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PPC blog

Why every home should have a MoCA filter

Posted by Krista Tysco
MoCA filters prevent cross-interference of data and signal

Cable and Internet providers around the world have been challenged by today’s technology demanding faster Internet service and video streaming on their own time.

More cable providers are looking to MoCA (Multimedia over Coax Alliance) in their installations to help with this, but they may not realize they’re missing a key element – MoCA filters installed at every subscriber.

MoCA uses a household’s existing coax cable to transfer data quickly and efficiently throughout the home. A MoCA connection utilizes the unused frequency spectrum offered by coaxial service providers to extend the existing wireless connection to the entire home and cause less demand on the network.

Sounds great! So what’s the catch?

Stop unwanted signals with PoE filters

A MoCA-enabled CPE (Customer Premise Equipment) sends beacon carriers throughout the home’s network looking for another CPE to establish a connection. Due to the high output power of these MoCA signals, they’re able to transmit data further than the network it's intended for. This means MoCA signals can escape from the intended subscriber and enter other homes nearby if there aren’t proper filters installed.

Imagine a mother is scrolling through her DVR to find a program for her young child, but instead finds a program not suited for children that wasn’t saved by anyone in her household. That program was transmitted from her neighbor’s network because one – or both – of their homes doesn’t have a PoE (Point of Entry) filter installed. This is a cable provider’s nightmare, and they’re seeing it more often.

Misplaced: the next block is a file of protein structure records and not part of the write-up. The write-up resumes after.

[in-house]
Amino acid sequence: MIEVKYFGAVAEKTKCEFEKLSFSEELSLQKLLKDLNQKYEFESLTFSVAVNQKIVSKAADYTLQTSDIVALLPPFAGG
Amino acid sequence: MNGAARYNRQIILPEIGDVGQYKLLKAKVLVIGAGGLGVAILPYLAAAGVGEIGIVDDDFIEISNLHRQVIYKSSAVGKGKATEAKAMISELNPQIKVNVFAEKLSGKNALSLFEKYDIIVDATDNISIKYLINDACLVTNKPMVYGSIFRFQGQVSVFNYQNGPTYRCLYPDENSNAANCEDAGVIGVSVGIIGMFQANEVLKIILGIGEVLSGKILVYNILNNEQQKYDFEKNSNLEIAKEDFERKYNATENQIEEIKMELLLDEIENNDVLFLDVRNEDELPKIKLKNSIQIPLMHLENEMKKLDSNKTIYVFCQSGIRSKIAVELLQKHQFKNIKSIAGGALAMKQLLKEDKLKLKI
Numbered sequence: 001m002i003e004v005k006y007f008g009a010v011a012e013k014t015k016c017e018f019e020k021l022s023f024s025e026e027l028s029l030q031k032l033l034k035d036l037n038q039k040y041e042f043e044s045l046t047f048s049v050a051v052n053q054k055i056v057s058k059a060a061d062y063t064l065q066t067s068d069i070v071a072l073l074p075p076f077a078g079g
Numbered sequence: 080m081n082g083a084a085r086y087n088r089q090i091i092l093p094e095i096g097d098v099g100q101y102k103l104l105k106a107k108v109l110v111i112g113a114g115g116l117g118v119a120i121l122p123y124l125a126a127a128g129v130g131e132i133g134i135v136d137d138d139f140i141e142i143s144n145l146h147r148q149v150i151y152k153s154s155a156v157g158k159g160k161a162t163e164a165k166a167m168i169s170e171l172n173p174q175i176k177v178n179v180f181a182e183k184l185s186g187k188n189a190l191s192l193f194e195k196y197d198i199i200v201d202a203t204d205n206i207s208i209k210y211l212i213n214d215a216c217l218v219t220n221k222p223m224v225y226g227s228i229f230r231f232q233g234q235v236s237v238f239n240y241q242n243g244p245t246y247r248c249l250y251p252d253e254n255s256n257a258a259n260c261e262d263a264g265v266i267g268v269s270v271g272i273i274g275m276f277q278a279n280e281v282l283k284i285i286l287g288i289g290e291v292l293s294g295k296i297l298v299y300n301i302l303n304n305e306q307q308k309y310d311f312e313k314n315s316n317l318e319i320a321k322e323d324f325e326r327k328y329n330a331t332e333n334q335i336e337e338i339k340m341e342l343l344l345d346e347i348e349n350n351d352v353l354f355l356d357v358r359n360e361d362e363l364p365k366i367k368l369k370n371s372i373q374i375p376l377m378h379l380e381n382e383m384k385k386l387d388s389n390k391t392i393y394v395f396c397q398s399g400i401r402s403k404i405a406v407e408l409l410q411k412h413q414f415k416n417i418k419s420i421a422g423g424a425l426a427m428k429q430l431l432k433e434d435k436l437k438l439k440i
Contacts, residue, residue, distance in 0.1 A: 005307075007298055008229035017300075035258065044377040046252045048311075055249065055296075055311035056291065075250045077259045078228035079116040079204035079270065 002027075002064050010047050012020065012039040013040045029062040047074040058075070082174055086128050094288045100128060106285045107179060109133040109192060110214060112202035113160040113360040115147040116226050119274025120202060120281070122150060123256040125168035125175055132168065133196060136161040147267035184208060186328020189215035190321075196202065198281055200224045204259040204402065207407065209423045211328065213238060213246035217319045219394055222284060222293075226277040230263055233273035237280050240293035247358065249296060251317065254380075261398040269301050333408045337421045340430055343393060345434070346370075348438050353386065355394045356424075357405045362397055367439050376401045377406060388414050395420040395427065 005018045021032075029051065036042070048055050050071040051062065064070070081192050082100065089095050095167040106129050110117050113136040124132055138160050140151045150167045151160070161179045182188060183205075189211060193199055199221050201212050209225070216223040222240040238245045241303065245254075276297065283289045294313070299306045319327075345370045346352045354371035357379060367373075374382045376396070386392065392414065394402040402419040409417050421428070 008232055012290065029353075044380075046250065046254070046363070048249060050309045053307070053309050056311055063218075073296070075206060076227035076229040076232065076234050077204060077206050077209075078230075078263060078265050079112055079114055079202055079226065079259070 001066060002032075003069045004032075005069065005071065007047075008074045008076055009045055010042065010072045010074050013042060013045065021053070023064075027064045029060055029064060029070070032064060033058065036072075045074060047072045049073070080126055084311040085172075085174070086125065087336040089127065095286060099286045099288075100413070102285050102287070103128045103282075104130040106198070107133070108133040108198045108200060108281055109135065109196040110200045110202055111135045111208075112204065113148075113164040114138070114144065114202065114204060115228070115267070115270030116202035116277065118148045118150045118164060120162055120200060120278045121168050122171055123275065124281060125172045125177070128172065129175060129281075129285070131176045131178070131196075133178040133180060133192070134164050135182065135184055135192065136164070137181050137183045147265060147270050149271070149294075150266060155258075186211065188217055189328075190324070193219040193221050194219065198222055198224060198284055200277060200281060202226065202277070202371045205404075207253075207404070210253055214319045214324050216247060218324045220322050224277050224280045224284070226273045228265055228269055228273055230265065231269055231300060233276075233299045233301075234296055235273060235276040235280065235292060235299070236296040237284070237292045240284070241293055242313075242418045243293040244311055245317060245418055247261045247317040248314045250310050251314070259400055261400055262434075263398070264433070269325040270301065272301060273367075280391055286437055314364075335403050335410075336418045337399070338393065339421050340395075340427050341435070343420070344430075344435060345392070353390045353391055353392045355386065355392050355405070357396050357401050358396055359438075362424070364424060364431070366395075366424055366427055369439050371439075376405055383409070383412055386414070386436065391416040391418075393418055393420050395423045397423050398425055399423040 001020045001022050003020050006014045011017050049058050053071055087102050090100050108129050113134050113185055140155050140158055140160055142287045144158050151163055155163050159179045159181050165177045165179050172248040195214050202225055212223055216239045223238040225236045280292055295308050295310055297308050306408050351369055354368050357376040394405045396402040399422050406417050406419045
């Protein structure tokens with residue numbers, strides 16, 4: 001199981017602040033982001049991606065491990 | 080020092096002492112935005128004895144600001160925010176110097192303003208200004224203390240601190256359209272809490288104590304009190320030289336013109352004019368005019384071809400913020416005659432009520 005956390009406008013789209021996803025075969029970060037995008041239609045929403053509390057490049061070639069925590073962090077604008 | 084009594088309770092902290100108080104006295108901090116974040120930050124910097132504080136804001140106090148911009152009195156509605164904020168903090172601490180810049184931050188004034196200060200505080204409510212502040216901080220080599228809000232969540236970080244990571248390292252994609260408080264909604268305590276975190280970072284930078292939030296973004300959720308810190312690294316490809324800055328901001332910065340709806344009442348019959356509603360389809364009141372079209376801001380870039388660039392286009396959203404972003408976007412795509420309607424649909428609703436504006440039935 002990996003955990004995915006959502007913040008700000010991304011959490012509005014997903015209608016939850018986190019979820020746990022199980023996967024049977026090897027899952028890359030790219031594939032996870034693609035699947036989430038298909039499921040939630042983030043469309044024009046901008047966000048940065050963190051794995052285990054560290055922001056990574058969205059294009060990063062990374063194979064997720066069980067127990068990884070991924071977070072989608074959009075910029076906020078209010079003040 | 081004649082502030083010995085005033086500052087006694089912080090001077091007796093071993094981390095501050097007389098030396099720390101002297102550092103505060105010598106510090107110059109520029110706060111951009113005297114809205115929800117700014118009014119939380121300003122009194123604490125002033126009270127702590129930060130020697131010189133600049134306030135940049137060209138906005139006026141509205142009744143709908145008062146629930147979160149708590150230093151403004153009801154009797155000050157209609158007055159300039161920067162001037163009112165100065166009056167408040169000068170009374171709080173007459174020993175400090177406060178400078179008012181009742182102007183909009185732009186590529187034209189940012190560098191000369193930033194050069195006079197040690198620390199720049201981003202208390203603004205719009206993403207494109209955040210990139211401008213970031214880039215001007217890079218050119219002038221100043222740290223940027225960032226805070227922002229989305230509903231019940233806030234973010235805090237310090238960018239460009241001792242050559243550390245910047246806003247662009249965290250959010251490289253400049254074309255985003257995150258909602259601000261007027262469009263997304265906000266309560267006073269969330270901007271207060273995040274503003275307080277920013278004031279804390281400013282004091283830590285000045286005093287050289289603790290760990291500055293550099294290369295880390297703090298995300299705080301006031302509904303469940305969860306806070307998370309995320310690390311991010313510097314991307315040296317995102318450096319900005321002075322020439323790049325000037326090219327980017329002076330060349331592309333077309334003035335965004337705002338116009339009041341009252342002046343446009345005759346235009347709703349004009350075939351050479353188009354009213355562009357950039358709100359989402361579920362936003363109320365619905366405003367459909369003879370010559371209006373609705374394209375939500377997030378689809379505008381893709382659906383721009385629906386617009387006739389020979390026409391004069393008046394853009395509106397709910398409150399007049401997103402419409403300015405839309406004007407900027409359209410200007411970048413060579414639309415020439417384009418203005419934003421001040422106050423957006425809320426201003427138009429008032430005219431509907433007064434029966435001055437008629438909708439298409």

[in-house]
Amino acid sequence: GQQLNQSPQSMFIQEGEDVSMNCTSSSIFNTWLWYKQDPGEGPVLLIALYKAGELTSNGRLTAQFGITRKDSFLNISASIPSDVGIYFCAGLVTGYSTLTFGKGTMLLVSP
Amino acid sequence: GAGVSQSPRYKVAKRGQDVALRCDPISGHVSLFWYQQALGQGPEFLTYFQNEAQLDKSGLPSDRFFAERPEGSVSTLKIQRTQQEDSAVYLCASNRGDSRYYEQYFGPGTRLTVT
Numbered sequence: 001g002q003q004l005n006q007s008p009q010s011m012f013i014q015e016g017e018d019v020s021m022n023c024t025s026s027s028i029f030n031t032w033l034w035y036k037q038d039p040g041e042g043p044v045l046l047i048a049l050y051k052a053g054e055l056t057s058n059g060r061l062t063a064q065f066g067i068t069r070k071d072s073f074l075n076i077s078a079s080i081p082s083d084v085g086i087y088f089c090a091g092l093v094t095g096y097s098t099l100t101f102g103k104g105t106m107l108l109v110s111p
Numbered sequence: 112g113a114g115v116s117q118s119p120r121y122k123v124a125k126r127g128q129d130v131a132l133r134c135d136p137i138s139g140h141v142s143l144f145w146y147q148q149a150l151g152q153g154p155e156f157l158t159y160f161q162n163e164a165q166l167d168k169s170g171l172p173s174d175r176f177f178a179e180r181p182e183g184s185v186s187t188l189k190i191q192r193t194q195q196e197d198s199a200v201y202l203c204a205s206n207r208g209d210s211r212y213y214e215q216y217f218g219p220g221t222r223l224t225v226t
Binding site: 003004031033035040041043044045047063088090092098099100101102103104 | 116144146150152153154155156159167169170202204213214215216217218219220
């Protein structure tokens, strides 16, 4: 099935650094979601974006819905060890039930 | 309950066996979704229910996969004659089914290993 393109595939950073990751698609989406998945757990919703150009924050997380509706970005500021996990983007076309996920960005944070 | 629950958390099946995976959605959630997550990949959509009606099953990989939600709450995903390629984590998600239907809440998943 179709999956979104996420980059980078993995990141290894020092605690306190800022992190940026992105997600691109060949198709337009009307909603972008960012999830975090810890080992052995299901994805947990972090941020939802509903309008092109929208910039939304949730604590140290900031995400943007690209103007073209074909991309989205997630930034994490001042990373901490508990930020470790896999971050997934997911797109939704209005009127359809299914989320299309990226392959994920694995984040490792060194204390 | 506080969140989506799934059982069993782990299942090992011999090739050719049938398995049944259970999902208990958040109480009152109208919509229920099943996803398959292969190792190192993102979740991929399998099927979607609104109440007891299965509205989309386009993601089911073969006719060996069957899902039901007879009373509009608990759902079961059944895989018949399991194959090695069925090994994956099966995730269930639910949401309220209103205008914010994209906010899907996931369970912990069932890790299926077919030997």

The fix is simple. All homes should have a PoE filter installed no matter the kind of network set up. PoE filters are required for every MoCA subscriber to prevent the cross-interference, but MoCA signals can still interfere if a neighbor does not also have a filter.

 

Best MoCA filter for a foolproof system

Some subscribers know cable companies have used filters on regular networks to filter out channels the subscriber doesn’t pay for. Technicians have likely come across a home where the subscriber removed the filter, believing it will give them more channels for free. What they’re actually doing is allowing unwanted signals in and out of their network.

To help avoid this situation, a ground block with an integrated MoCA filter is a smart decision. When the filter is attached to an electric grounding system, the subscriber is less likely to remove it.

With more wireless devices being introduced to home networks around the world, consumers are finding their connections getting slower and less reliable, even when they are paying for faster Internet speeds. Integrating MoCA into the home network is a great way to improve signal strength when there are many wireless devices present. Cross-interference due to MoCA can be a concern to providers, but a properly-installed MoCA filter will help make all subscribers across the neighborhood happy.

Complete guide to broadband connectors

Topics: Design and Install, Broadband, Coax

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